Thursday, May 10, 2007

Saturday-morning sci-fi series was crossroads of ’70s

The season 1 cast of "Jason of Star Command."
It was 1978, and Saturday mornings still meant something, especially to a 7-year-old like me.

Before Cartoon Network and Nickelodeon, you got your cartoon fix once a week. Every Saturday began with the ritual consumption of sugar-frosted cereal and snowy TV reception.

But in the year following the release of “Star Wars,” the best show on Saturday mornings wasn’t a cartoon. It was a live-action sci-fi/adventure show called “Jason of Star Command.”

Rarely seen since its initial broadcast, “Jason of Star Command” returns this week on DVD. The three-disc set from BCI Eclipse includes the entire series, plus a documentary featuring two of the series’ stars, members of the special effects team and producer Lou Scheimer.

Scheimer, along with his late partner Norm Prescott, was head of Filmation Associates, one of the ’70s most successful animation studios, responsible for “Fat Albert” and “The Archie Show,” as well as live-action shows like “Shazam!” and “Isis.”

The most expensive Saturday-morning children’s show ever produced, “Jason of Star Command” originated as one segment of “Tarzan and the Super 7” before getting its own half-hour slot the following year.

Set in the far future, the series follows a “soldier of fortune” — that’s Jason, played by Craig Littler — who works for a top-secret agency, Star Command, which roams the spaceways on an asteroid decked out to resemble a futuristic city.

During the first season, the late James Doohan, better known as Scotty on the original “Star Trek,” played Jason’s commanding officer. Doohan left after one year to co-star in “Star Trek: The Motion Picture,” which revived the Trek franchise.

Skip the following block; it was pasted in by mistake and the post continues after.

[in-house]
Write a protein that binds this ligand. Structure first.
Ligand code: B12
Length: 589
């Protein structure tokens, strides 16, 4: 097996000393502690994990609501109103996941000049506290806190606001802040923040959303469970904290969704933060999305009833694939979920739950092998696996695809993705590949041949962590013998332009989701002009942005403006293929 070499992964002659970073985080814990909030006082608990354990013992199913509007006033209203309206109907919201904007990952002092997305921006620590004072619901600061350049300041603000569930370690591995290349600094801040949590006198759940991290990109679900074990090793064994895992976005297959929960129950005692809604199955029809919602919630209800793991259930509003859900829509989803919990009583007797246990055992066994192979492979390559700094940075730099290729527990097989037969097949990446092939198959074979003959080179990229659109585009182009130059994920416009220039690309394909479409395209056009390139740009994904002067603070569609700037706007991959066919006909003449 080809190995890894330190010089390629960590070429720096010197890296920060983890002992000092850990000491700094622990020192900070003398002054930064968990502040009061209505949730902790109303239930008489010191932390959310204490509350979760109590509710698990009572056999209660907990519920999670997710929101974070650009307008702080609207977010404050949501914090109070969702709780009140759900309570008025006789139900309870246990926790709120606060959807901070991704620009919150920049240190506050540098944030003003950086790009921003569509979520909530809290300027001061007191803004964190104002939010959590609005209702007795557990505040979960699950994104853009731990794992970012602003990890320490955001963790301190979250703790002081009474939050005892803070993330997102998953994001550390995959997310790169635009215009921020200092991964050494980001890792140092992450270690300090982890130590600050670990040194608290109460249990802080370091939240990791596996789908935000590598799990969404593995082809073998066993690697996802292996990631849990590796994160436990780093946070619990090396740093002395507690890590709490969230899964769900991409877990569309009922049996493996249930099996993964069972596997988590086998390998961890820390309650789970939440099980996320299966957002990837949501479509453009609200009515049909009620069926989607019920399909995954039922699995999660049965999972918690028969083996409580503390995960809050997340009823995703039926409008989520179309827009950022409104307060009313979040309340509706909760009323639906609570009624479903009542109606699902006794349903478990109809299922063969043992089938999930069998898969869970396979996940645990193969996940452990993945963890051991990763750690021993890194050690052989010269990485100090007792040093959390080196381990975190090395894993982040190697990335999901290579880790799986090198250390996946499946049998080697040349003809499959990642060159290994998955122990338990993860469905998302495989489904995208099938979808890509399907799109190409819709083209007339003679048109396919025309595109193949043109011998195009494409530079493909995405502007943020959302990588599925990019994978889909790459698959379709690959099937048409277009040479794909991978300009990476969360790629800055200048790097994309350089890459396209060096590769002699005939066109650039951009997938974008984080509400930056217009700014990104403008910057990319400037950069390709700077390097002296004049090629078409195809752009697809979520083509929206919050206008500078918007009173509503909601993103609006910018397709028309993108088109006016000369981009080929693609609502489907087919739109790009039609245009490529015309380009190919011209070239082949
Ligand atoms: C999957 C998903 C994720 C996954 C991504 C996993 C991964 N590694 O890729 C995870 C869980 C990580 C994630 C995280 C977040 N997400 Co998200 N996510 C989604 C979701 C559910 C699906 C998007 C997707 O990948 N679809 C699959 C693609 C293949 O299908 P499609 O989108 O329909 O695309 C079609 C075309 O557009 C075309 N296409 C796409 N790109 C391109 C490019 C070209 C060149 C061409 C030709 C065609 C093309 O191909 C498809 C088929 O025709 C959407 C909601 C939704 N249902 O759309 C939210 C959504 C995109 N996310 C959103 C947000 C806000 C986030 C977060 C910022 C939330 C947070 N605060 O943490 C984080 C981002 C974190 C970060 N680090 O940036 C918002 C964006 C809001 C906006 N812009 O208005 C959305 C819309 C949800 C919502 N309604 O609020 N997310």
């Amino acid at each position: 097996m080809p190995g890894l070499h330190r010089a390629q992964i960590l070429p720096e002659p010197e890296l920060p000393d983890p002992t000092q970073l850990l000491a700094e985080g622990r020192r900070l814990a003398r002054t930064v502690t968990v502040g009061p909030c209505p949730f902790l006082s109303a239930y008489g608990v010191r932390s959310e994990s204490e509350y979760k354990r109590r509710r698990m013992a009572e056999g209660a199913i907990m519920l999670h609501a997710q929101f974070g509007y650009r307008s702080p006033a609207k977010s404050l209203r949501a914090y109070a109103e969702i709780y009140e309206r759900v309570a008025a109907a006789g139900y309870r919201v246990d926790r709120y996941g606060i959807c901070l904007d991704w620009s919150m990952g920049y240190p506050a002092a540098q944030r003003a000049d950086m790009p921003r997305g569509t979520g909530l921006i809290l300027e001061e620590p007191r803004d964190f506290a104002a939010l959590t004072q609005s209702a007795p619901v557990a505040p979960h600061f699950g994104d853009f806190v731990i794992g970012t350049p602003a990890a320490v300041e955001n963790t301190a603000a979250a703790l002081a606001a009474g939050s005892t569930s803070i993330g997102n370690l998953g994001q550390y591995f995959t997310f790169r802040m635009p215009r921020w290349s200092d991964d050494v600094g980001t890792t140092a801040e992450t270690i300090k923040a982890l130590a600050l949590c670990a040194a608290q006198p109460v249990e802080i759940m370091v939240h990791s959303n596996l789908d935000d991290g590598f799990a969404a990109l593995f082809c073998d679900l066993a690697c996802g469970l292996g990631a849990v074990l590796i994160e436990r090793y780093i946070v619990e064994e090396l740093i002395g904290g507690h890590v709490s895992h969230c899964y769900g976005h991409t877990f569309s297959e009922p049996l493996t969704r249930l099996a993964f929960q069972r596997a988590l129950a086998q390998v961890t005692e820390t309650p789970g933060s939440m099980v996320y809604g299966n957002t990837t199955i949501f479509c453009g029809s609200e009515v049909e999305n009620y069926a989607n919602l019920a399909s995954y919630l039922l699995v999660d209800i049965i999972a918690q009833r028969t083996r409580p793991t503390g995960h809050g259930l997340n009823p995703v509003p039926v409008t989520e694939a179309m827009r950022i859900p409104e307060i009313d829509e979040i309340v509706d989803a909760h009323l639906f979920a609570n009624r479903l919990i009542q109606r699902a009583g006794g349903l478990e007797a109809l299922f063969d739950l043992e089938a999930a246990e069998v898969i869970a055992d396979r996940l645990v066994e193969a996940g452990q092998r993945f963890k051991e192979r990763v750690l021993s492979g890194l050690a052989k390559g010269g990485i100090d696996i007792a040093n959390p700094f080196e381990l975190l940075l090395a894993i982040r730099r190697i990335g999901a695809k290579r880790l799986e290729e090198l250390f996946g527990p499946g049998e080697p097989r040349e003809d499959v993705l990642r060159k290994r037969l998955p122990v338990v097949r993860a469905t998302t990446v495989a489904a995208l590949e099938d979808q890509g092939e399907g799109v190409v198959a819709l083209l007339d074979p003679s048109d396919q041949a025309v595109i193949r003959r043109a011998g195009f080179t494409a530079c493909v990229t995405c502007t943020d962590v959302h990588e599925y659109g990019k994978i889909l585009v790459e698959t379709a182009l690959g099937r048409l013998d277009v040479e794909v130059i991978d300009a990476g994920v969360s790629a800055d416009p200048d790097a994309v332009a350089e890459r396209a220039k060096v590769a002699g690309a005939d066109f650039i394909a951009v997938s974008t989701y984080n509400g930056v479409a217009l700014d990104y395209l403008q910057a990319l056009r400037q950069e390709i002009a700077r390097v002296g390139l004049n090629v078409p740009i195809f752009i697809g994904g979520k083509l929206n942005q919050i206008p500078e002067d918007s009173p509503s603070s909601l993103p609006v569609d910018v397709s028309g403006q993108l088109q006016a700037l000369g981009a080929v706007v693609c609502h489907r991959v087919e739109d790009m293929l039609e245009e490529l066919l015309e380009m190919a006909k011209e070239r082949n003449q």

“Jason” was an instant hit with me and my elementary-school classmates. If our playground role-playing didn’t involve pretending to be Han Solo or Luke Skywalker, it involved “Jason of Star Command.”

The show relied on cliffhanger stories reminiscent of “Flash Gordon” movie serials and boasted special effects that took advantage, on a smaller scale, of the advances George Lucas and his effects team made with “Star Wars.” As a result, the spaceship models looked as good as or better than anything that had appeared on TV previously.

But every space opera needs a memorable villain. “Star Wars” has Darth Vader, “Flash Gordon” has Ming the Merciless, and “Jason” has Dragos, a scenery-chewing baddie with a long cape, menacing laugh and laser-shooting eyepiece.

Dragos was played by Sid Haig, who had spent most of the decade appearing alongside Pam Grier in B-grade exploitation films like “The Big Doll House,” “The Big Bird Cage” and “Foxy Brown.”

As Haig says in the documentary, Saturday morning TV is the last place he thought he’d end up. But playing Dragos paid the bills, and Haig has nothing but respect and affection for the team that put “Jason” on the air.

Haig is best known today, however, as Captain Spaulding, the clown-faced killer in Rob Zombie’s “House of 1,000 Corpses” and “The Devil’s Rejects.” And he isn’t the only unlikely actor to appear in “Jason.” In the second season, Jason’s partner was portrayed by the late Tamara Dobson, better known for her title role in the 1973 blaxploitation classic “Cleopatra Jones.”

“Jason” is a strange crossroads of ’70s culture. And unlike a lot of children’s shows that haven’t aged well, “Jason” retains its ability to entertain children while appealing to the nostalgic streak of Generation Xers.

No comments:

Post a Comment